The interface between ethical constraints and effective political action, the problem of dirty hands and a political ethic.Anglo-American theories of justice – Rawls, Dworkin, Sandel, Walzer etc.Informal logic and argumentation theory.Democracy – theory and practice.Theories of secular accounts of evil.

Current research projects

I am currently finishing a manuscript on the problem of ‘dirty hands’.I co-editor the journal Representation (with Andrew Russell)

Vittorio Gerosa

Role: Teaching Associate

Admin: MANCEPT Workshops Organiser 2019, 2020, 2021


Research interests

Political and Democratic Theory, Deliberative Democracy, Deliberative Systems, Neo-Republicanism, Pragmatism


PhD Politics, University of Manchester; MA – Philosophy and Political Theory, University of Manchester; MA – Philosophical Methods, University of Genoa; BA – Philosphy, University of Genoa.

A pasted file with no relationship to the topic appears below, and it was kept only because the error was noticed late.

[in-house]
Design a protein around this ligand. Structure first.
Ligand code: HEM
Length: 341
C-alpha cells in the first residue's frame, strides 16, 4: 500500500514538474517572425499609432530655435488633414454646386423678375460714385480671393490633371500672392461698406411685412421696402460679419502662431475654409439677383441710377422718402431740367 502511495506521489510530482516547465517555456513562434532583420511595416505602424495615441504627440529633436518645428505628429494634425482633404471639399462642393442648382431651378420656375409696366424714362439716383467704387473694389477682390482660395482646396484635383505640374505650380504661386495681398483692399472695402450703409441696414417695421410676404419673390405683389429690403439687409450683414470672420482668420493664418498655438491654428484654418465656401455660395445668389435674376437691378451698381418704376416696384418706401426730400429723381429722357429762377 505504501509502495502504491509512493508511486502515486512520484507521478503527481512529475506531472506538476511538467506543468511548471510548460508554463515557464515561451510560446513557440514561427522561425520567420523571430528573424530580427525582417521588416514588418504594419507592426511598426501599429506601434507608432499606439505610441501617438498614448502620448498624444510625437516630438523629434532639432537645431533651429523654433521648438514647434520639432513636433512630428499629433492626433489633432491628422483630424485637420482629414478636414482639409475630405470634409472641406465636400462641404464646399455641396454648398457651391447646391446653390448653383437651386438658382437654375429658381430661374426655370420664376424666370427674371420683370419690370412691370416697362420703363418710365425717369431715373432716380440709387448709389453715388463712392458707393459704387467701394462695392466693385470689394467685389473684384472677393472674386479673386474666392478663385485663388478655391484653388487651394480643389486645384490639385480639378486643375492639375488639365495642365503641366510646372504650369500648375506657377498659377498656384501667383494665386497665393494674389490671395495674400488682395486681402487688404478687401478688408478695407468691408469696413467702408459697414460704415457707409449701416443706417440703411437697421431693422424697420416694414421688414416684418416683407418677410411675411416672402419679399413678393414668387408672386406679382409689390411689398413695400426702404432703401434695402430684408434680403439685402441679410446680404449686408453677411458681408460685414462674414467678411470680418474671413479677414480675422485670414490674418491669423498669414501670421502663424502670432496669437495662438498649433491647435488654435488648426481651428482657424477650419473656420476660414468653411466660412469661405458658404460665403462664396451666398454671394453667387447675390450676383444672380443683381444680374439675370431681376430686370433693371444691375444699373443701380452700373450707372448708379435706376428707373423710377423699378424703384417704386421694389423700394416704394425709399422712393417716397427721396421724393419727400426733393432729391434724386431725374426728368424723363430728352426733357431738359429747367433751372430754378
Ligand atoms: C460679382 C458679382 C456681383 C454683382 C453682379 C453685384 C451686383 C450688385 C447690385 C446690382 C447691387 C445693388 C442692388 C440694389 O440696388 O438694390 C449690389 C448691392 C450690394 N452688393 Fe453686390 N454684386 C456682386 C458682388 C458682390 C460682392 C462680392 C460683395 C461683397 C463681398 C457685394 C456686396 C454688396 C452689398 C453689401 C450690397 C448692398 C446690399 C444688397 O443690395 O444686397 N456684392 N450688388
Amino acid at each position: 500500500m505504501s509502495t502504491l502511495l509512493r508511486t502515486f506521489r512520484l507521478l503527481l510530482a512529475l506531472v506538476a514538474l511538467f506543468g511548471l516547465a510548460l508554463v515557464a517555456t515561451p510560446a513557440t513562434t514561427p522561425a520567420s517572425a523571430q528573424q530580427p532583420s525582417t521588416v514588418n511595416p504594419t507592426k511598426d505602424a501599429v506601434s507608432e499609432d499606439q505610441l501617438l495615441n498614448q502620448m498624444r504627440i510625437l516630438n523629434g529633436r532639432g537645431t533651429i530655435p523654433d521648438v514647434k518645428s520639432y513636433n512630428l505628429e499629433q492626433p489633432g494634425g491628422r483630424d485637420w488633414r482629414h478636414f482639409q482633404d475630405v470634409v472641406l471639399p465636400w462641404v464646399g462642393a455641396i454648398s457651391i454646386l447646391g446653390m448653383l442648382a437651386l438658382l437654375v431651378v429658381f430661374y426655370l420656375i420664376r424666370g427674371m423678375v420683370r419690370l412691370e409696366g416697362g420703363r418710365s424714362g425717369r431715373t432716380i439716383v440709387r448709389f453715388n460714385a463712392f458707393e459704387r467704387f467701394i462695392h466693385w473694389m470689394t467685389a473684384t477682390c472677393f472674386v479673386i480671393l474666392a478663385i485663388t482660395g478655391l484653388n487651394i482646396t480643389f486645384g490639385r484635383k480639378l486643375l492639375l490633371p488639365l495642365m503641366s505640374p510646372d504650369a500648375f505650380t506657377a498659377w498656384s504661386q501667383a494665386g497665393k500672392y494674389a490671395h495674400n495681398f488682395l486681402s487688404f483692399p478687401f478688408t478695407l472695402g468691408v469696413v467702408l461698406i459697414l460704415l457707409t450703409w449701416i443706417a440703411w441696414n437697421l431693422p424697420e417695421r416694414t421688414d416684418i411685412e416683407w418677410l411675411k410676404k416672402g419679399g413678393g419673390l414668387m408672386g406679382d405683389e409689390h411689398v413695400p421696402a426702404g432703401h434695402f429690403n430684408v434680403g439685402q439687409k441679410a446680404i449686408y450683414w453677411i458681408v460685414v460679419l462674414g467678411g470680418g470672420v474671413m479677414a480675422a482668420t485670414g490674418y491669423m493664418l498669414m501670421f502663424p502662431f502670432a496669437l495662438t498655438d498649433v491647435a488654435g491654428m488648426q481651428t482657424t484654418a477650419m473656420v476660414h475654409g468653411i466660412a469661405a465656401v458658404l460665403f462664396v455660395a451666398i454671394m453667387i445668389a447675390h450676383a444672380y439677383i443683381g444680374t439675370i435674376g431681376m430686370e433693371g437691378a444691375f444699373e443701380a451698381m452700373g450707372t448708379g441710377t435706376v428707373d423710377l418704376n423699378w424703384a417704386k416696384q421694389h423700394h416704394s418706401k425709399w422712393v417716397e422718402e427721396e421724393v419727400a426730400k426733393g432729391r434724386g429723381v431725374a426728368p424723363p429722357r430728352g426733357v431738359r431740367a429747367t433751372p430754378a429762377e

2017 – 2018 – Teaching Assistant, “Challenges to Democratic Politics”, University of Manchester, Second year undergraduate course.

2018 – 2019 – Teaching Assistant, “Challenges to Democratic Politics”, University of Manchester, Second year undergraduate course.

2019 – 2020 – Teaching Assistant, “Ideals of Social Justice”, University of Manchester, Second year undergraduate course.

2021 – Teaching Assistant, “Introduction to Political Theory”, University of Manchester, First year undergraduate course.

2021-2022 – Teaching Associate – Political Theory

Stephen Hood

Role: Lecturer in Political Theory


Tel: 0161 3066929

Office:  2.029 Arthur Lewis Building

Research Interests

The main theme of my research is an evaluation of key socio-economic institutions, informed by liberal theories of distributive justice. In particular, I am interested in the role played by markets in the coordination of productive activity. I therefore focus closely upon questions relating to the appropriate scope and functioning of market institutions, and to potential conflicts between commercial behaviour or attitudes and that necessary to ensure the stability of a just society. Beyond this, I also have interests in democratic theory and the debate over ideal and nonideal theory.